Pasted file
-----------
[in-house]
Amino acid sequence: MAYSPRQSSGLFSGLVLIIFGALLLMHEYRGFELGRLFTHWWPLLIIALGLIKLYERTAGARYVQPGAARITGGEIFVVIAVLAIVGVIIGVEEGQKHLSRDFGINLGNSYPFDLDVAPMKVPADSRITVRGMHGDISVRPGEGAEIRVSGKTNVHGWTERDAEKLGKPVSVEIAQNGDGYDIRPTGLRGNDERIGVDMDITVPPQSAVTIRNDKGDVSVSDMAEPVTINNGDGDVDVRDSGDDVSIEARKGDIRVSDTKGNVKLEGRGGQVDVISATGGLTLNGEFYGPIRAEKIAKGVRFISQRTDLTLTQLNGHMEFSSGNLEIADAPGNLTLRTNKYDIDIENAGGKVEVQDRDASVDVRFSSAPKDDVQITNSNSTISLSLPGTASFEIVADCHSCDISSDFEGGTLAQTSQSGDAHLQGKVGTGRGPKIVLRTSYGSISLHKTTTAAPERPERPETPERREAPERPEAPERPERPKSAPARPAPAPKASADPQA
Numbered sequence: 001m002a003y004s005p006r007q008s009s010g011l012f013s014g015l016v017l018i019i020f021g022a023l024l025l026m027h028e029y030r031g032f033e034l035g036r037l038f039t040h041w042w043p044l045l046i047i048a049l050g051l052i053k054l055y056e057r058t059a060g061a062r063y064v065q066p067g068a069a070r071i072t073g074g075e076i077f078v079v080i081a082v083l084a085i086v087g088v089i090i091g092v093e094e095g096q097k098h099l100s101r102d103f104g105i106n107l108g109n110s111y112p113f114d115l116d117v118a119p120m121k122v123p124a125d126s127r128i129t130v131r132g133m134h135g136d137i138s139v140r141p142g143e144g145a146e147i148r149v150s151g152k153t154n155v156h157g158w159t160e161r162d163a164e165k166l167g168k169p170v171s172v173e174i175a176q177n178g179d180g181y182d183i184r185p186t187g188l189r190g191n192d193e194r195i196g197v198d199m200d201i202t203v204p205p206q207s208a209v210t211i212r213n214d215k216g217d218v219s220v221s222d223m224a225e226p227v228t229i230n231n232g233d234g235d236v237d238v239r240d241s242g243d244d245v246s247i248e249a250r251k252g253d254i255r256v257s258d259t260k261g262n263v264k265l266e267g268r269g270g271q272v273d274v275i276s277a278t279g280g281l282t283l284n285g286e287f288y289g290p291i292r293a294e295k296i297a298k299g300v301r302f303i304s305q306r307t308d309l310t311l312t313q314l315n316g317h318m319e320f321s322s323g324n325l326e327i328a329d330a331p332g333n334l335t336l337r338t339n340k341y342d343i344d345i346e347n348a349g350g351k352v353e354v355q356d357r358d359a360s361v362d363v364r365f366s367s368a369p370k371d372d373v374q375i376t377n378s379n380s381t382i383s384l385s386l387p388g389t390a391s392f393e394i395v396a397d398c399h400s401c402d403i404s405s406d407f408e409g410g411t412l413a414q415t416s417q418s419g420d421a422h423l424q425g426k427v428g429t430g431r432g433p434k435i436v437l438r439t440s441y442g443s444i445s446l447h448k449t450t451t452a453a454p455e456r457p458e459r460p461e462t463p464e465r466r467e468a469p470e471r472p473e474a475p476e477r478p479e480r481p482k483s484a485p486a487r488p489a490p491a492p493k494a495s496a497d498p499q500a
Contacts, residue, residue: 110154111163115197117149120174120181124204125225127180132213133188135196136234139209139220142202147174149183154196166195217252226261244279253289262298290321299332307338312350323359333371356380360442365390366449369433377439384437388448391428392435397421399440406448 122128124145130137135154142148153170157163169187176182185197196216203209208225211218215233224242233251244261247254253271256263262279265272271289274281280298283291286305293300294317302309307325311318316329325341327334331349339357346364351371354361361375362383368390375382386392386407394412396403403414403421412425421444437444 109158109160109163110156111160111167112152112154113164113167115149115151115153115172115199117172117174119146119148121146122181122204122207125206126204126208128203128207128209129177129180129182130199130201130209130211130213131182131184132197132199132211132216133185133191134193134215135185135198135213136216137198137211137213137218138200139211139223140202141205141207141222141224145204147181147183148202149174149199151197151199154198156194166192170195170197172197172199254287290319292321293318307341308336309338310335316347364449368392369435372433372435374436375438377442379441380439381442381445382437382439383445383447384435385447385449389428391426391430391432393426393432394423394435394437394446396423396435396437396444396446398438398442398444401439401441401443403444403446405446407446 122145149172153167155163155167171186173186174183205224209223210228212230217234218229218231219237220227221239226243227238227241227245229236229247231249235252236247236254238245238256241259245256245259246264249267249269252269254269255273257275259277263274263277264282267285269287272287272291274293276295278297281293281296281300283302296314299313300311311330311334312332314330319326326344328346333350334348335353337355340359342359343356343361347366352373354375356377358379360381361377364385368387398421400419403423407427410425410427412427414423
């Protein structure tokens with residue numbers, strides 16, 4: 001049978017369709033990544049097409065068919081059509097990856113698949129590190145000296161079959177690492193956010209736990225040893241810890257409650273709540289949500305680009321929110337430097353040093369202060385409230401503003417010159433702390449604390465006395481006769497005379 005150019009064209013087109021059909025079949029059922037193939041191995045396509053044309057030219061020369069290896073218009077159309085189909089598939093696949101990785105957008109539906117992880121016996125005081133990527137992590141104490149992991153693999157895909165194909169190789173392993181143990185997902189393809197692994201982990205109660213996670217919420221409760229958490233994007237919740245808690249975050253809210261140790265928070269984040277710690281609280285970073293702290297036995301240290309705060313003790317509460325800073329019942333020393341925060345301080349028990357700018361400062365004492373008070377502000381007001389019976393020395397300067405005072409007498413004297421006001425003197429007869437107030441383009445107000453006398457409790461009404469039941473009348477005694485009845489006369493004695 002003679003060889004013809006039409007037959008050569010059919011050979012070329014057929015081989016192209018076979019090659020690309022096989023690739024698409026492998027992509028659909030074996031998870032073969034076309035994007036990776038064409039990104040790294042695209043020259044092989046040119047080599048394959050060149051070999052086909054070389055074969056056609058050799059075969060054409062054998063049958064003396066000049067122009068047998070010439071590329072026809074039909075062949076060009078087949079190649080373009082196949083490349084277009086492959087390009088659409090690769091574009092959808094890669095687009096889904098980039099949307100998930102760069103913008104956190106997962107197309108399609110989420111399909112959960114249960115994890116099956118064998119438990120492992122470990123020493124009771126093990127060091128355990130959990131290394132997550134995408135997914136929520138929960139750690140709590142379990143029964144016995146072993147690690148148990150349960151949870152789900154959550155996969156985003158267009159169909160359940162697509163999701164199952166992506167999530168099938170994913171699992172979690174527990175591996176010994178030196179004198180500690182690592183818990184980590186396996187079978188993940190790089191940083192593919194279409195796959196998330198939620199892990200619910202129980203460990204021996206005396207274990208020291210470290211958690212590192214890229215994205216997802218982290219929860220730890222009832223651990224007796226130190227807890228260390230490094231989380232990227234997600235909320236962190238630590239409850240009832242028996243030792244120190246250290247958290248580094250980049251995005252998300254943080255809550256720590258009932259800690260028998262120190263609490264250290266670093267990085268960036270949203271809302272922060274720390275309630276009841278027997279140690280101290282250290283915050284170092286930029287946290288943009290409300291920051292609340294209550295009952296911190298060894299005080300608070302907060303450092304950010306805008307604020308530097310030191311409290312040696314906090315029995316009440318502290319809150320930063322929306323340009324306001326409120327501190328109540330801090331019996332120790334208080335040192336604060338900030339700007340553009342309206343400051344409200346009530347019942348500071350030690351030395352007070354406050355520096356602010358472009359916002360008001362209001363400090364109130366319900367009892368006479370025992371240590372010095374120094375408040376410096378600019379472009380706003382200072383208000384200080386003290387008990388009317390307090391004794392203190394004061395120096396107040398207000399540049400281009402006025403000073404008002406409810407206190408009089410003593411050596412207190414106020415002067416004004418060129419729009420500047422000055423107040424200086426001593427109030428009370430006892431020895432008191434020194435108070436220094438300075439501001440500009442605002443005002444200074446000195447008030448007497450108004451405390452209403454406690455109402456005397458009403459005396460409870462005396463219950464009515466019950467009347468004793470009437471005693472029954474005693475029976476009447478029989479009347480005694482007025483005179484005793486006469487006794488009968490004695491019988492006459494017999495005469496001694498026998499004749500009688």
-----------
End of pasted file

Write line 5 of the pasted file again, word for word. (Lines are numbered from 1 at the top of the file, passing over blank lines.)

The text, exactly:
């Protein structure tokens with residue numbers, strides 16, 4: 001049978017369709033990544049097409065068919081059509097990856113698949129590190145000296161079959177690492193956010209736990225040893241810890257409650273709540289949500305680009321929110337430097353040093369202060385409230401503003417010159433702390449604390465006395481006769497005379 005150019009064209013087109021059909025079949029059922037193939041191995045396509053044309057030219061020369069290896073218009077159309085189909089598939093696949101990785105957008109539906117992880121016996125005081133990527137992590141104490149992991153693999157895909165194909169190789173392993181143990185997902189393809197692994201982990205109660213996670217919420221409760229958490233994007237919740245808690249975050253809210261140790265928070269984040277710690281609280285970073293702290297036995301240290309705060313003790317509460325800073329019942333020393341925060345301080349028990357700018361400062365004492373008070377502000381007001389019976393020395397300067405005072409007498413004297421006001425003197429007869437107030441383009445107000453006398457409790461009404469039941473009348477005694485009845489006369493004695 002003679003060889004013809006039409007037959008050569010059919011050979012070329014057929015081989016192209018076979019090659020690309022096989023690739024698409026492998027992509028659909030074996031998870032073969034076309035994007036990776038064409039990104040790294042695209043020259044092989046040119047080599048394959050060149051070999052086909054070389055074969056056609058050799059075969060054409062054998063049958064003396066000049067122009068047998070010439071590329072026809074039909075062949076060009078087949079190649080373009082196949083490349084277009086492959087390009088659409090690769091574009092959808094890669095687009096889904098980039099949307100998930102760069103913008104956190106997962107197309108399609110989420111399909112959960114249960115994890116099956118064998119438990120492992122470990123020493124009771126093990127060091128355990130959990131290394132997550134995408135997914136929520138929960139750690140709590142379990143029964144016995146072993147690690148148990150349960151949870152789900154959550155996969156985003158267009159169909160359940162697509163999701164199952166992506167999530168099938170994913171699992172979690174527990175591996176010994178030196179004198180500690182690592183818990184980590186396996187079978188993940190790089191940083192593919194279409195796959196998330198939620199892990200619910202129980203460990204021996206005396207274990208020291210470290211958690212590192214890229215994205216997802218982290219929860220730890222009832223651990224007796226130190227807890228260390230490094231989380232990227234997600235909320236962190238630590239409850240009832242028996243030792244120190246250290247958290248580094250980049251995005252998300254943080255809550256720590258009932259800690260028998262120190263609490264250290266670093267990085268960036270949203271809302272922060274720390275309630276009841278027997279140690280101290282250290283915050284170092286930029287946290288943009290409300291920051292609340294209550295009952296911190298060894299005080300608070302907060303450092304950010306805008307604020308530097310030191311409290312040696314906090315029995316009440318502290319809150320930063322929306323340009324306001326409120327501190328109540330801090331019996332120790334208080335040192336604060338900030339700007340553009342309206343400051344409200346009530347019942348500071350030690351030395352007070354406050355520096356602010358472009359916002360008001362209001363400090364109130366319900367009892368006479370025992371240590372010095374120094375408040376410096378600019379472009380706003382200072383208000384200080386003290387008990388009317390307090391004794392203190394004061395120096396107040398207000399540049400281009402006025403000073404008002406409810407206190408009089410003593411050596412207190414106020415002067416004004418060129419729009420500047422000055423107040424200086426001593427109030428009370430006892431020895432008191434020194435108070436220094438300075439501001440500009442605002443005002444200074446000195447008030448007497450108004451405390452209403454406690455109402456005397458009403459005396460409870462005396463219950464009515466019950467009347468004793470009437471005693472029954474005693475029976476009447478029989479009347480005694482007025483005179484005793486006469487006794488009968490004695491019988492006459494017999495005469496001694498026998499004749500009688």